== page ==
Yesterday I moved three posts in my garden. I set them in the ground last year to prop up raspberry vines, but the vines struggled under too much direct sunlight. There’s a shadier corner inside my fence, so yesterday I moved the berry posts over there.

It’s hard work setting a post, mostly in digging the hole. There’s a clapper-mouthed tool with two handles, so you can grab a chunk of earth and lift it out – then drop the tool back into the hole and grab another mouthful of dirt deeper down. There’s something about the physics of it – holding my arms out in front; pushing, squeezing, pulling up the earth – that exhausts me almost immediately. I test that feeling: to a point, right through the ache, summoning all my strength will move things just a little more – and then it won’t. All the force I can possibly muster fails, and my arms give up.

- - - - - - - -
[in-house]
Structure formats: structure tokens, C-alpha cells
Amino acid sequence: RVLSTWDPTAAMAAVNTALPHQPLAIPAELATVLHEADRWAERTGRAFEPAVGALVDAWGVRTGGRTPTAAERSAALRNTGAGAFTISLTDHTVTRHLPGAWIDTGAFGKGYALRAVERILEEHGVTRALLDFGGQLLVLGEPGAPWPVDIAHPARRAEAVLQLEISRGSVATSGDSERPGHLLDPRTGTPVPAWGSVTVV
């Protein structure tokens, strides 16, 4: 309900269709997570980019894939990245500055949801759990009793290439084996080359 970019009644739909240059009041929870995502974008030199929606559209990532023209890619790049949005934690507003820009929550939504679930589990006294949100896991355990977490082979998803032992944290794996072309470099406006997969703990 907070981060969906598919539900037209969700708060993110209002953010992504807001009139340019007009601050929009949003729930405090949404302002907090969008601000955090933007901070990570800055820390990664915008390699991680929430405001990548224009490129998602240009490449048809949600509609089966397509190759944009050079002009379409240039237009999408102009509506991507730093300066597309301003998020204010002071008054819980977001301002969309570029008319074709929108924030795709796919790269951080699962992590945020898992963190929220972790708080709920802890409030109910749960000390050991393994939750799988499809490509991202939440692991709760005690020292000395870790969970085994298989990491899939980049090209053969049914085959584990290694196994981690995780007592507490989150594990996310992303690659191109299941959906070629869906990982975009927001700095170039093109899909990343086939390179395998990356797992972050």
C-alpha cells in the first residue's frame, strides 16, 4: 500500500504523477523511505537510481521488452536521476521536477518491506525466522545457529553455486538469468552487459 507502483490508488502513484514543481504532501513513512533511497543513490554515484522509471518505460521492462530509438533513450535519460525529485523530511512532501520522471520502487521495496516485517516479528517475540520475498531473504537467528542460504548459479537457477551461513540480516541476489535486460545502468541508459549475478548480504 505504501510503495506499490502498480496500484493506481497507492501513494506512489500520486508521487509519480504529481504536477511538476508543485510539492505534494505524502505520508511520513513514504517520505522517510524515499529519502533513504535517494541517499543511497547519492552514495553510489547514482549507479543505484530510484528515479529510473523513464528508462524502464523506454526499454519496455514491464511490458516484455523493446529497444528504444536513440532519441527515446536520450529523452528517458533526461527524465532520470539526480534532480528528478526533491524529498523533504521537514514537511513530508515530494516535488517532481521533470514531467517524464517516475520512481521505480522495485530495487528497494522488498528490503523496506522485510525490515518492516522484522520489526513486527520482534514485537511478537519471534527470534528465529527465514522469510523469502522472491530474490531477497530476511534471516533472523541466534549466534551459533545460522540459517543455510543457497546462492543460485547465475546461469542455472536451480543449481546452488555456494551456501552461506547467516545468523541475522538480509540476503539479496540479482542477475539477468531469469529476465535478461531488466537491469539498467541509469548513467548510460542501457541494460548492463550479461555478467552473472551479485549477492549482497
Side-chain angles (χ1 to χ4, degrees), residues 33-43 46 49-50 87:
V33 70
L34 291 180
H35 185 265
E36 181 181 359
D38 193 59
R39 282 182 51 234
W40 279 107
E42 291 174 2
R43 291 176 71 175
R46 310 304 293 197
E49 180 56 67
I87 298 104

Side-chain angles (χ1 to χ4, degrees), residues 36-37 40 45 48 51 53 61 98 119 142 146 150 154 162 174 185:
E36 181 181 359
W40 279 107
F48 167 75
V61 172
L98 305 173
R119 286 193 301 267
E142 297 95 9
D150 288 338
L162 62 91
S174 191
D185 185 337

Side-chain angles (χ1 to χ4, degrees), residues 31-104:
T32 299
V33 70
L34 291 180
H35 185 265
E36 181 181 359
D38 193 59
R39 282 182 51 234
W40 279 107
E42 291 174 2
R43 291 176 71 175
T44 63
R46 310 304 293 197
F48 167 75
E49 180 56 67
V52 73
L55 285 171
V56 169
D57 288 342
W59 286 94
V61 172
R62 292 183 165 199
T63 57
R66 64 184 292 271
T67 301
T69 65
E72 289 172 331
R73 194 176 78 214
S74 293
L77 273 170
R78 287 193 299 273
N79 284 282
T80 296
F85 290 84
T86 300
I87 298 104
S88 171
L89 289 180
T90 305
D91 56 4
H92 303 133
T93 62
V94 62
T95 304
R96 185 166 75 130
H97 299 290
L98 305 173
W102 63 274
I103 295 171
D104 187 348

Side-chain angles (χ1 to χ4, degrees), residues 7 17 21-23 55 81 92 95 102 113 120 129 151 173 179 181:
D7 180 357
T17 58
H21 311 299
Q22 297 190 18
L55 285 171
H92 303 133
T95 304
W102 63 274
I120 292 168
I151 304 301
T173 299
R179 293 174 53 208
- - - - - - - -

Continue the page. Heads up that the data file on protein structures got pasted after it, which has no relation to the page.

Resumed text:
I’m trying to build a relationship with these few acres. I have a desire (most of us have forgotten) to be part of the ground I walk on; to think, “Here, I will grow this. Here, I will die.”

There are several acres, and I am just one man. If I chose to put in fifty posts, it would be easier. I would imagine where to put them and how they should look, then pay someone to do the job.

But I’m not here to look at the garden, really. Not that I don’t – I do a lot of staring at plants. It’s just that enjoyment isn’t my deep purpose for being here.

I’m lucky. I get real satisfaction from standing a post in the ground with my own hands; with getting dirt on my pants. And the ground changes. The land becomes more of me; of what I am. And it’s hard work. It strains me. If I am fortunate, I will be beneath my own trees on the day it strains me and I die.

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